I think it’s interesting that King pegged ninth overall as being the highest the Eagles would be likely to trade up. That probably has something to do with the Dolphins pick at eight being about as far as Tannehill is likely to drop, but more importantly, the Eagles can move up that high using just one of their second round picks.

If I were sitting at 15, I’d probably be content to see how the first eight picks shake out. Three quarterbacks are likely to go that high, which could leave one or more elite position players within striking distance. If not, Howie Roseman can still watch the board and jump ahead of any team he thinks might be targeting his top player (say, Fletcher Cox).

The rest is just smoke.

Photo from Getty.

Rule the Eagles Out for the Fourth Overall Pick

Mary Kay Cabot, for the Cleveland Plain Dealer:

At least three or four teams in the top 20 have expressed interest in trading up, and the Browns are expected to have some enticing options on draft day.

Rams coach Jeff Fisher, who has the No. 6 pick, has already identified the Browns as a potential trade partner, and the Eagles at No. 15 are believed to be interested in trading up, sources said. At least two other teams are in the mix.

The Browns are trying to drum up interest in their pick and the Eagles are a logical team to use for that purpose. Don’t buy it.

Hey Asante! You're the Best Ever Of All Time

Jimmy Kempski:

So Asante Samuel found an article I wrote about him. And apparently, he liked it. Thanks, Asante. I love you too.

What about me, Pres? This wasn’t good enough for ya? Then again, there was this and this.

Is Trading Asante Samuel the Right Move?

Asante Samuel

Everyone knows an Asante Samuel trade will happen some time in the next few weeks, if not days. Andy Reid and Howie Roseman barely even provide us real denials any more. But let’s not kid ourselves here. The Samuel trade was inevitable as soon as the Eagles signed Nnamdi Asomugha last August.

With two massive salaries at the cornerback position, and another starting-caliber player in Dominique Rodgers-Cromartie, this was never fated to last. In fact, it’s amazing the three players lasted this long. If not for some stubbornness on Howie Roseman’s behalf regarding compensation for Samuel, the live-wire cornerback could easily have watched the Eagles founder in 2011 from a safe distance.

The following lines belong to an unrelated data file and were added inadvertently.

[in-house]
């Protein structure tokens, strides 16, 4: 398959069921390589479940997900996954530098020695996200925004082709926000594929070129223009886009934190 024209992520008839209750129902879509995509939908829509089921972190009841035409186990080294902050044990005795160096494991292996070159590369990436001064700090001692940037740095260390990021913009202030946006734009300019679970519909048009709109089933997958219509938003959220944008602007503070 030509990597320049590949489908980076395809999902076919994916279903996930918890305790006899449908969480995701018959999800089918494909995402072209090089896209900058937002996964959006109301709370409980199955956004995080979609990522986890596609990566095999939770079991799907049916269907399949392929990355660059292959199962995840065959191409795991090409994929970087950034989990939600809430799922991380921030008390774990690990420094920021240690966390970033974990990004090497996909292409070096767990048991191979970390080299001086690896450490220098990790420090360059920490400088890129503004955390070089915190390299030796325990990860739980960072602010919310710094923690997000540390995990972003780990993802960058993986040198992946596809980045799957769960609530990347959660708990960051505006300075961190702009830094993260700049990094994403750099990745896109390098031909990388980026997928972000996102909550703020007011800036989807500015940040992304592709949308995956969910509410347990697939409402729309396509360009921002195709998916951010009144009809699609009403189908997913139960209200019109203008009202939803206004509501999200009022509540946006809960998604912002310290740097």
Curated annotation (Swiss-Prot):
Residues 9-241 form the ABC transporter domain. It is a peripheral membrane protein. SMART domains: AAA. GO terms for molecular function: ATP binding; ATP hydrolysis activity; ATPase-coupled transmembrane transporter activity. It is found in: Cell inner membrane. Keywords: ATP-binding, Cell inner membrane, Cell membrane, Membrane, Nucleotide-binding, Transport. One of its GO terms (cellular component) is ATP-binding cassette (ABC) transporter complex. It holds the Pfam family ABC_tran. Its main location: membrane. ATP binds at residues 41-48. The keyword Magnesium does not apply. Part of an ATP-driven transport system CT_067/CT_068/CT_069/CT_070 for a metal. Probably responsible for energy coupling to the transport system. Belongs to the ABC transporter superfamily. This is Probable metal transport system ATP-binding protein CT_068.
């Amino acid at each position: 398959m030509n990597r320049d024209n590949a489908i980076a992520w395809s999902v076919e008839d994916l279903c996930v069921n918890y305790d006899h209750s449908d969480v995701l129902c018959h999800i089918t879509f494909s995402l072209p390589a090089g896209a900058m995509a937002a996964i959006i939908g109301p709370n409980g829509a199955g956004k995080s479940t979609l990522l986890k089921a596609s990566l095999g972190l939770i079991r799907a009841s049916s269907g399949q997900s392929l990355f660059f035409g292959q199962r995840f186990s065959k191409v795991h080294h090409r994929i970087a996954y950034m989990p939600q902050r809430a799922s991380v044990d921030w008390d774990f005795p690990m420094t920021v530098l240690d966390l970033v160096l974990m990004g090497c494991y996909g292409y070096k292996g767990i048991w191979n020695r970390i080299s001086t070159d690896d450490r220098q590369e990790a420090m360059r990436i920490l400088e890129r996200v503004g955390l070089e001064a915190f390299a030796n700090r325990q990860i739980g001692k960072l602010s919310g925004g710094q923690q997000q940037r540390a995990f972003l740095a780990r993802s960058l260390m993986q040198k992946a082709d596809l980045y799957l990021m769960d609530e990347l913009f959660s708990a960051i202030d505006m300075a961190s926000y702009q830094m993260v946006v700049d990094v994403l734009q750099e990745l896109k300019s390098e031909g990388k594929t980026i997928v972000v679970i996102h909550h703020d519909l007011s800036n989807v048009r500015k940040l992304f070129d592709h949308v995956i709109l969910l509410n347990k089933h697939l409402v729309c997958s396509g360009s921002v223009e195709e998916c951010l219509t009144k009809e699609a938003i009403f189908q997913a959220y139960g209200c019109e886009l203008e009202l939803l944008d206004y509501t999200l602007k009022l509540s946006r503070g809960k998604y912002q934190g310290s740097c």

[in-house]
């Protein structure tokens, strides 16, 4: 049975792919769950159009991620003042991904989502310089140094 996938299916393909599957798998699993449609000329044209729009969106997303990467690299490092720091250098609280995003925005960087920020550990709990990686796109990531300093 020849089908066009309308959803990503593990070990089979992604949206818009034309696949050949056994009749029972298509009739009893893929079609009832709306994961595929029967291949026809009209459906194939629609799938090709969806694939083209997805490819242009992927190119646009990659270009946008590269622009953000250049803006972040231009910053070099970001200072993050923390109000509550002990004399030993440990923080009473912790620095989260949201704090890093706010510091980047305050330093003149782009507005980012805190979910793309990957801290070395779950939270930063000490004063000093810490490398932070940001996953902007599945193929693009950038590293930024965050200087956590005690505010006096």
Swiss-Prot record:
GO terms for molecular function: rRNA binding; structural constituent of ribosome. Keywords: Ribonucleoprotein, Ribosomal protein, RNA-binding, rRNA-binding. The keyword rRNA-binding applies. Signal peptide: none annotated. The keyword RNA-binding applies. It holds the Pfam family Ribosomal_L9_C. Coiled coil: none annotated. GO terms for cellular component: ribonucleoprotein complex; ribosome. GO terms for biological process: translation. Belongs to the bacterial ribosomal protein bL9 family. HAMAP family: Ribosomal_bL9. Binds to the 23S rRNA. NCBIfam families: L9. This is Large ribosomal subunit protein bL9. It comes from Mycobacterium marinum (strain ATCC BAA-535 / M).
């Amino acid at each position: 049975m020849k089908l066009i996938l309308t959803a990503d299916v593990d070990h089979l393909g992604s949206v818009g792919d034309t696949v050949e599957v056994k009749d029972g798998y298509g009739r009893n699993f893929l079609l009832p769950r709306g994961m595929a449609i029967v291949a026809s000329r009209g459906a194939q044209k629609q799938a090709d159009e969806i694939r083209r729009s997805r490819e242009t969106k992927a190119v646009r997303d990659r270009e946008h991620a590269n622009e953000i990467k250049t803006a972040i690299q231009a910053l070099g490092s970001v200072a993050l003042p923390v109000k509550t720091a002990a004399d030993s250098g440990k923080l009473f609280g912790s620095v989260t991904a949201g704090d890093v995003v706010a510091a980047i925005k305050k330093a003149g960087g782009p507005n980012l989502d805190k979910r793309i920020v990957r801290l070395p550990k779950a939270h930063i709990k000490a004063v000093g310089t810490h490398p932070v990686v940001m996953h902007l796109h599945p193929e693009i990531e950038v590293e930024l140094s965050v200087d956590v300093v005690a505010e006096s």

That said, there has been a significant undercurrent of opinion since last summer that argues that the Eagles shouldn’t trade Samuel. That cause got a boost yesterday, when Aaron Schatz at Football Outsiders released their 2011 cornerback charting stats, including the numbers for the Eagles top four corners:

Football Outsiders Eagles Cornerback Data

If you read the entire post, you can see that Asante not only ranks at the top of Eagles corners, but one of the best in the NFL last season. Passes that go his way just don’t end up with a lot of yardage, something that was also true last year.

But statistics are never that simple; the matter of targets complicated things. The Football Outsiders data also shows that Samuel was targeted nearly twice as much as Asomugha. As Sheil Kapdia wrote today, Pro Football Focus has similar findings. Clearly, opponents would rather pick on Samuel than his counterpart.

At this point, you’re looking at statistics that come to opposite conclusions: do you want the guy who is rarely targeted but gives up more yardage, or the guy who’s targeted often but doesn’t give up big plays?

Regardless, keeping both certainly didn’t work. It made everyone worse, because Roseman and company didn’t see realize how different each of the three players are, and how much Juan Castillo was incapable of finding any arrangement that made them all happy. It was a mess.

The right move was probably to not sign Asomugha in the first place, but that’s over with now. At this point, trading Samuel isn’t necessary the right move, but it is the only move. It’s unclear which corner — Nnamdi or Asante — is the better player, but they can’t coexist (at least with Castillo as coordinator). Time to get what you can for Samuel and hope that Asomugha can stave off his decline, and DRC can live up to his potential playing on the outside.

We’ll miss the self-proclaimed Pres, but there’s really no other choice.

Photo from Getty.

McLane Updates Details of Failed Asante Trade

Jeff McLane:

In fact, [Samuel] was part of the process after the Eagles and Lions agreed to an exchange that would have netted the Birds two second-day draft picks. That deal, though, fell apart for reasons other than draft compensation.

Back in January, McLane said Detroit offered one second round pick, and that the deal fell apart when Howie Roseman demanded a first rounder. Well, either way that was a poor decision.